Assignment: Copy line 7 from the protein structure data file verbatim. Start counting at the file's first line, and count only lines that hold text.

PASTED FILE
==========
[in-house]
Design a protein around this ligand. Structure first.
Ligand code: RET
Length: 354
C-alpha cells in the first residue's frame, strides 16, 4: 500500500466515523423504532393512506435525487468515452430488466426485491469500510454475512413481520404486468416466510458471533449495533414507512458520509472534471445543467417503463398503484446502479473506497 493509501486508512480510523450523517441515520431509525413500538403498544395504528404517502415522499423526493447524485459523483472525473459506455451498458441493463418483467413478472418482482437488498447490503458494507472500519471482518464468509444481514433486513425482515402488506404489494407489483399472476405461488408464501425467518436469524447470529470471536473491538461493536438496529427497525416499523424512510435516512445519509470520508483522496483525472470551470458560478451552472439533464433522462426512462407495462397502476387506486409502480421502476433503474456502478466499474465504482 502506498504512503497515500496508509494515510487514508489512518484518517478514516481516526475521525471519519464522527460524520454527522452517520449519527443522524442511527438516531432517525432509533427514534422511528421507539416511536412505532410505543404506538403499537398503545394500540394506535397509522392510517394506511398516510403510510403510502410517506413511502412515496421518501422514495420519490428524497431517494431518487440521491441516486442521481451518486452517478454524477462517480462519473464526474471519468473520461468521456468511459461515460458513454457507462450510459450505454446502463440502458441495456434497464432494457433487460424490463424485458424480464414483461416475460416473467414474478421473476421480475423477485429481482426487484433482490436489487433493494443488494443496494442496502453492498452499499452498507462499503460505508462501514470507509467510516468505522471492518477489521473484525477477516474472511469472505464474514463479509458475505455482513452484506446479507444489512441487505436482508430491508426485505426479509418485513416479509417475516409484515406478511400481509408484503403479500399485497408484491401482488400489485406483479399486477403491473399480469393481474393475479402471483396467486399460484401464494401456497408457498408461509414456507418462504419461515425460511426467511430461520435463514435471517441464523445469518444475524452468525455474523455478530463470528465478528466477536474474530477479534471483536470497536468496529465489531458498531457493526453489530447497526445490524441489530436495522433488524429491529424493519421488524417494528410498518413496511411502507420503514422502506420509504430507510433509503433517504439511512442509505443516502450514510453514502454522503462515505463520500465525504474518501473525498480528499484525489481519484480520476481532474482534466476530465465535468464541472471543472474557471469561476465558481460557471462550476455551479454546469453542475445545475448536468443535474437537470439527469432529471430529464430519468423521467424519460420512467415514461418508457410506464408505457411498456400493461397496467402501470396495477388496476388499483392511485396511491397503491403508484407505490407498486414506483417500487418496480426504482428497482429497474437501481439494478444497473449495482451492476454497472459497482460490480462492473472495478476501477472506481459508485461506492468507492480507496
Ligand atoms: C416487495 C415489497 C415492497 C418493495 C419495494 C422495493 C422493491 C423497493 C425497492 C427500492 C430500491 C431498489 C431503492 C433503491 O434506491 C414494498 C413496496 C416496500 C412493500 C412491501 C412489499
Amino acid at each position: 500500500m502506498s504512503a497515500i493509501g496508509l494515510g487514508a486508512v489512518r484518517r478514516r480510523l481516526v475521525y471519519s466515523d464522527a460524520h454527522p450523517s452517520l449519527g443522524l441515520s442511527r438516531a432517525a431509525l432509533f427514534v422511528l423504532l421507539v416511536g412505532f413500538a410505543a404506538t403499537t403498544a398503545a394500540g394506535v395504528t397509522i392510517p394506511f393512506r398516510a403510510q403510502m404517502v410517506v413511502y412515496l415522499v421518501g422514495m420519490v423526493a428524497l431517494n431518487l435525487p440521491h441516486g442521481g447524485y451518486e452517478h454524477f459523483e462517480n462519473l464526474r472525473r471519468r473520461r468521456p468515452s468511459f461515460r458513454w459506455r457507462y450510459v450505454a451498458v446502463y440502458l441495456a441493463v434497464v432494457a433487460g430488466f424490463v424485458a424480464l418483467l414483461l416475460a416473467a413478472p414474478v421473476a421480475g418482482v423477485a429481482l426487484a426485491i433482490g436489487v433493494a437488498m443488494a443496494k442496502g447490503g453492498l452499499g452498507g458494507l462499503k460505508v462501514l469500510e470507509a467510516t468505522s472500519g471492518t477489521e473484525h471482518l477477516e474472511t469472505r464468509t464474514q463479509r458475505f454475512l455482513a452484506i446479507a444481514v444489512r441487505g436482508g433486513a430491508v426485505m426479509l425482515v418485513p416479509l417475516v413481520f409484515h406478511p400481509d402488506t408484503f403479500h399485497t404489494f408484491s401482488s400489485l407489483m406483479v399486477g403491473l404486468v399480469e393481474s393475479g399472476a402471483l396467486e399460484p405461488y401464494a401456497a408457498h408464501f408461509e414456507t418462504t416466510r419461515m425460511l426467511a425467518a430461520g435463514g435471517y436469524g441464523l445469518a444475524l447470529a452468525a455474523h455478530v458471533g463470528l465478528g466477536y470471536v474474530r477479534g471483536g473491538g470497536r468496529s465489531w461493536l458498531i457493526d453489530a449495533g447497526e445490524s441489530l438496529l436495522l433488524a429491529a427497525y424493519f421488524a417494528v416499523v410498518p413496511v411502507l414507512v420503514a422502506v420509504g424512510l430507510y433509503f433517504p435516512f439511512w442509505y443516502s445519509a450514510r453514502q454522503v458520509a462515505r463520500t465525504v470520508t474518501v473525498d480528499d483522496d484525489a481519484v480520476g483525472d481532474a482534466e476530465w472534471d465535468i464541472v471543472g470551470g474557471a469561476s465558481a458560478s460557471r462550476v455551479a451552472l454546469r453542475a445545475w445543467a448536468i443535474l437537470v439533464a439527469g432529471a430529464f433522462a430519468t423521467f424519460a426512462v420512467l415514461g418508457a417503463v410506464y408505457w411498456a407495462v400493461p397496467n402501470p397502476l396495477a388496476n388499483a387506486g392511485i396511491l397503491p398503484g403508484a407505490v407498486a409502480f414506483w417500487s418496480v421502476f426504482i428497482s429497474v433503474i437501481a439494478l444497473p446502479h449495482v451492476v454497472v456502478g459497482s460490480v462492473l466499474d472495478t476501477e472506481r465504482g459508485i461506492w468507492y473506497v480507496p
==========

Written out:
Amino acid at each position: 500500500m502506498s504512503a497515500i493509501g496508509l494515510g487514508a486508512v489512518r484518517r478514516r480510523l481516526v475521525y471519519s466515523d464522527a460524520h454527522p450523517s452517520l449519527g443522524l441515520s442511527r438516531a432517525a431509525l432509533f427514534v422511528l423504532l421507539v416511536g412505532f413500538a410505543a404506538t403499537t403498544a398503545a394500540g394506535v395504528t397509522i392510517p394506511f393512506r398516510a403510510q403510502m404517502v410517506v413511502y412515496l415522499v421518501g422514495m420519490v423526493a428524497l431517494n431518487l435525487p440521491h441516486g442521481g447524485y451518486e452517478h454524477f459523483e462517480n462519473l464526474r472525473r471519468r473520461r468521456p468515452s468511459f461515460r458513454w459506455r457507462y450510459v450505454a451498458v446502463y440502458l441495456a441493463v434497464v432494457a433487460g430488466f424490463v424485458a424480464l418483467l414483461l416475460a416473467a413478472p414474478v421473476a421480475g418482482v423477485a429481482l426487484a426485491i433482490g436489487v433493494a437488498m443488494a443496494k442496502g447490503g453492498l452499499g452498507g458494507l462499503k460505508v462501514l469500510e470507509a467510516t468505522s472500519g471492518t477489521e473484525h471482518l477477516e474472511t469472505r464468509t464474514q463479509r458475505f454475512l455482513a452484506i446479507a444481514v444489512r441487505g436482508g433486513a430491508v426485505m426479509l425482515v418485513p416479509l417475516v413481520f409484515h406478511p400481509d402488506t408484503f403479500h399485497t404489494f408484491s401482488s400489485l407489483m406483479v399486477g403491473l404486468v399480469e393481474s393475479g399472476a402471483l396467486e399460484p405461488y401464494a401456497a408457498h408464501f408461509e414456507t418462504t416466510r419461515m425460511l426467511a425467518a430461520g435463514g435471517y436469524g441464523l445469518a444475524l447470529a452468525a455474523h455478530v458471533g463470528l465478528g466477536y470471536v474474530r477479534g471483536g473491538g470497536r468496529s465489531w461493536l458498531i457493526d453489530a449495533g447497526e445490524s441489530l438496529l436495522l433488524a429491529a427497525y424493519f421488524a417494528v416499523v410498518p413496511v411502507l414507512v420503514a422502506v420509504g424512510l430507510y433509503f433517504p435516512f439511512w442509505y443516502s445519509a450514510r453514502q454522503v458520509a462515505r463520500t465525504v470520508t474518501v473525498d480528499d483522496d484525489a481519484v480520476g483525472d481532474a482534466e476530465w472534471d465535468i464541472v471543472g470551470g474557471a469561476s465558481a458560478s460557471r462550476v455551479a451552472l454546469r453542475a445545475w445543467a448536468i443535474l437537470v439533464a439527469g432529471a430529464f433522462a430519468t423521467f424519460a426512462v420512467l415514461g418508457a417503463v410506464y408505457w411498456a407495462v400493461p397496467n402501470p397502476l396495477a388496476n388499483a387506486g392511485i396511491l397503491p398503484g403508484a407505490v407498486a409502480f414506483w417500487s418496480v421502476f426504482i428497482s429497474v433503474i437501481a439494478l444497473p446502479h449495482v451492476v454497472v456502478g459497482s460490480v462492473l466499474d472495478t476501477e472506481r465504482g459508485i461506492w468507492y473506497v480507496p